ARMageddon? Neh .. not until Christmas, anyway.

Cramer: “We have Armageddon… will someone please come on TV and tell the truth about how bad it is?”

In case you’re wondering when the madness might end, take a look at this chart (source: Agora Financial). It shows the total dollar amounts (in billions) of ’07 and ’08 ARM resets:

ARM Resets 2007 and 2008

So, it looks like the fun is just beginning. But hell, who cares – our SUVs still work, and they get us to Wal-Mart. And there’s still tons of cool stuff on the shelves for us to buy with our platinum Visas.

Whee!! Euros or gold, anyone?

7 thoughts on “ARMageddon? Neh .. not until Christmas, anyway.”

  1. The chart assumes the Fed doesn’t reduce rates, which the smart money says they will have to reduce rates soon before it starts dragging down the economy. Having said that, I have no sympathy for either the borrows who overextended on an ARM or the banks crying mercy. The smart banks minimized or sold off these high risk mortgages.

    The free market is a beautiful thing, it weeds out stupid people and companies. Unfortunately the Fed will have to come-to-the-rescue again to prevent the stupidity from spreading…

  2. The Fed is in a nasty place.

    They can raise rates and cause a bloodbath on Wall Street – hardly palatable especially in light of current volatility. This, of course, would reverberate broadly throughout the economy.

    Alternatively, they can lower rates and possibly send the dollar off the cliff it’s been teetering on… it’s been in freefall over the last couple of years anyway due to several factors, including our unlimited appetite for debt, our adventures in the middle east, etc… This too would create great pain in the economy but it’s probably the “best” option despite the high likelihood it will bruise the dollar very badly.

    Frankly I think they’ll sit still tomorrow and pray – but I’m no economist.

  3. The chart assumes the Fed doesn’t reduce rates, which the smart money says they will have to reduce rates soon before it starts dragging down the economy. Having said that, I have no sympathy for either the borrows who overextended on an ARM or the banks crying mercy. The smart banks minimized or sold off these high risk mortgages.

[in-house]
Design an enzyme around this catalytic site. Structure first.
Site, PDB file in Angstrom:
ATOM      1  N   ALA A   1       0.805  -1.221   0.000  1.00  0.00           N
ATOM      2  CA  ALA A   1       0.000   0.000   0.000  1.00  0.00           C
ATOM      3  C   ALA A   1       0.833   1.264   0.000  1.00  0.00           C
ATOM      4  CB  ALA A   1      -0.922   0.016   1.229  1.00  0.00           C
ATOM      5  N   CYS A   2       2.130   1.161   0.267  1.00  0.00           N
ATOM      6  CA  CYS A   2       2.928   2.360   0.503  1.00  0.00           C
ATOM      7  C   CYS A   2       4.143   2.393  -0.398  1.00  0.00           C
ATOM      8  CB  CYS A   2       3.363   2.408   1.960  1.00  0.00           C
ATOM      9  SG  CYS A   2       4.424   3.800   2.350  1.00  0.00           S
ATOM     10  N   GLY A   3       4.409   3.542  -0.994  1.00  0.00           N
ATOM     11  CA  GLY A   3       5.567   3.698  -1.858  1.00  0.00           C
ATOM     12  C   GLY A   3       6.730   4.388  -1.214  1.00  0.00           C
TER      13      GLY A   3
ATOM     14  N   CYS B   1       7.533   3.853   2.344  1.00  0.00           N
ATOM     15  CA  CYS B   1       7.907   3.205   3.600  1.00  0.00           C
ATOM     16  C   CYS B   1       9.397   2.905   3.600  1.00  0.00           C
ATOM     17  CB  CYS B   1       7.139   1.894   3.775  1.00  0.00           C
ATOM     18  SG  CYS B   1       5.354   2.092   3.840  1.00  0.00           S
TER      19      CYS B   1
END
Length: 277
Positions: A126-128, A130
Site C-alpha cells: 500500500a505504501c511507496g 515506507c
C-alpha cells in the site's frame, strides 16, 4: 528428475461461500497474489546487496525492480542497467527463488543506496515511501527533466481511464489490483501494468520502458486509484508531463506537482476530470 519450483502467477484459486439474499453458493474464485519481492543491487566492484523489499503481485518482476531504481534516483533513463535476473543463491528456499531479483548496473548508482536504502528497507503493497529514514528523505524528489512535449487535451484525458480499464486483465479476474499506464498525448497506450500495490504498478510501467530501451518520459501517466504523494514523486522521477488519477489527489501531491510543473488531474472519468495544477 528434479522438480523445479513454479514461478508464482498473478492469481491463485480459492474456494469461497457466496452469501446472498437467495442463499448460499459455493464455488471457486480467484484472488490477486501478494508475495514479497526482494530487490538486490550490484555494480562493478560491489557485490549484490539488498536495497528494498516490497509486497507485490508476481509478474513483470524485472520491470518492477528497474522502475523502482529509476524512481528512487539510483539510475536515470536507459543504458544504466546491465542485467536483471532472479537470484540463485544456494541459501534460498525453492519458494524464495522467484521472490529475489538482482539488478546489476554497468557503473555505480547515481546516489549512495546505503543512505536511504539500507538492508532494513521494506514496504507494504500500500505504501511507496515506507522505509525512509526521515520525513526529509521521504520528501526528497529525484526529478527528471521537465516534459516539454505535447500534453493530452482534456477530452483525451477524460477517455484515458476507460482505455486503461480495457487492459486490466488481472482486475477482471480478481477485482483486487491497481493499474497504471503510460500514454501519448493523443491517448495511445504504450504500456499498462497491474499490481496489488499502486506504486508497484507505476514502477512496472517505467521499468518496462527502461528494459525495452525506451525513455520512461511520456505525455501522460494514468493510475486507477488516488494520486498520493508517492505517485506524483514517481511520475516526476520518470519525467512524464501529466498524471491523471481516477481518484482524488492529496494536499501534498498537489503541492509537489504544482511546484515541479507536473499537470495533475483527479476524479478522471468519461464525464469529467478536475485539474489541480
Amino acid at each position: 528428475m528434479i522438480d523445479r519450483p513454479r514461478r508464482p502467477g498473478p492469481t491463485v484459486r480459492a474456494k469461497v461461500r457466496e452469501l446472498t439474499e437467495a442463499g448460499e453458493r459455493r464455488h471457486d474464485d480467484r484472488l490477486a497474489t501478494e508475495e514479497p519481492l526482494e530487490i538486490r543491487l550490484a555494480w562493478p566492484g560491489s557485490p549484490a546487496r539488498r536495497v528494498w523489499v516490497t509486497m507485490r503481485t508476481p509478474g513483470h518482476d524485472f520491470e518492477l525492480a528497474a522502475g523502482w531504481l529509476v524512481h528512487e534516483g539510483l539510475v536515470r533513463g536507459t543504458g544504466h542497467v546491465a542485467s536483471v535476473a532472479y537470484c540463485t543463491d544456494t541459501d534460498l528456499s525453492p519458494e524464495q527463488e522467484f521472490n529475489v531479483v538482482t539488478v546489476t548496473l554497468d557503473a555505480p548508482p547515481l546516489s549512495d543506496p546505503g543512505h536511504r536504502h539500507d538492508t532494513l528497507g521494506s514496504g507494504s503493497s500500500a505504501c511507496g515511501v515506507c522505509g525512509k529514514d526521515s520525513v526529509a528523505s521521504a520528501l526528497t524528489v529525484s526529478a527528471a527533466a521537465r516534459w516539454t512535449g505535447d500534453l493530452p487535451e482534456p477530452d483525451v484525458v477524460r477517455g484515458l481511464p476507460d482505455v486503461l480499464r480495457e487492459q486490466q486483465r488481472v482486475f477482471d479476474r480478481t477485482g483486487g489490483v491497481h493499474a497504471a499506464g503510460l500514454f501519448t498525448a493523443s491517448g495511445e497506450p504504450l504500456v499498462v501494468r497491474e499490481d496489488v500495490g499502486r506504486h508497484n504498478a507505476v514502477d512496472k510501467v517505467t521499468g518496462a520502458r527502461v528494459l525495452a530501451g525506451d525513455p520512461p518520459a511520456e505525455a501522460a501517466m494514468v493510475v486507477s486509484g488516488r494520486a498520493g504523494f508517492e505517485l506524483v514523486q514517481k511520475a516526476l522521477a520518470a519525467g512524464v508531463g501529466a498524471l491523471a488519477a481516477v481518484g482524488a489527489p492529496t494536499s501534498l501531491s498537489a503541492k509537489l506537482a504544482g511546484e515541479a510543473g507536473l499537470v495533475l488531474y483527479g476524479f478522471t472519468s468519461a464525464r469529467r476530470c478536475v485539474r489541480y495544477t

The free market is a beautiful thing, it weeds out stupid people and companies. Unfortunately the Fed will have to come-to-the-rescue again to prevent the stupidity from spreading…

  4. Exactly, but consumers are more worried about mortgages than the dollar. Instead of letting the free market take care of these idiots, we’re going to bail out the mortgage holders and banks with an interest cut…All politics are local…

  5. The Fed is in a nasty place.

    They can raise rates and cause a bloodbath on Wall Street – hardly palatable especially in light of current volatility. This, of course, would reverberate broadly throughout the economy.

    Alternatively, they can lower rates and possibly send the dollar off the cliff it’s been teetering on… it’s been in freefall over the last couple of years anyway due to several factors, including our unlimited appetite for debt, our adventures in the middle east, etc… This too would create great pain in the economy but it’s probably the “best” option despite the high likelihood it will bruise the dollar very badly.

    Frankly I think they’ll sit still tomorrow and pray – but I’m no economist.

  6. Exactly, but consumers are more worried about mortgages than the dollar. Instead of letting the free market take care of these idiots, we’re going to bail out the mortgage holders and banks with an interest cut…All politics are local…

Leave a Reply

Your email address will not be published.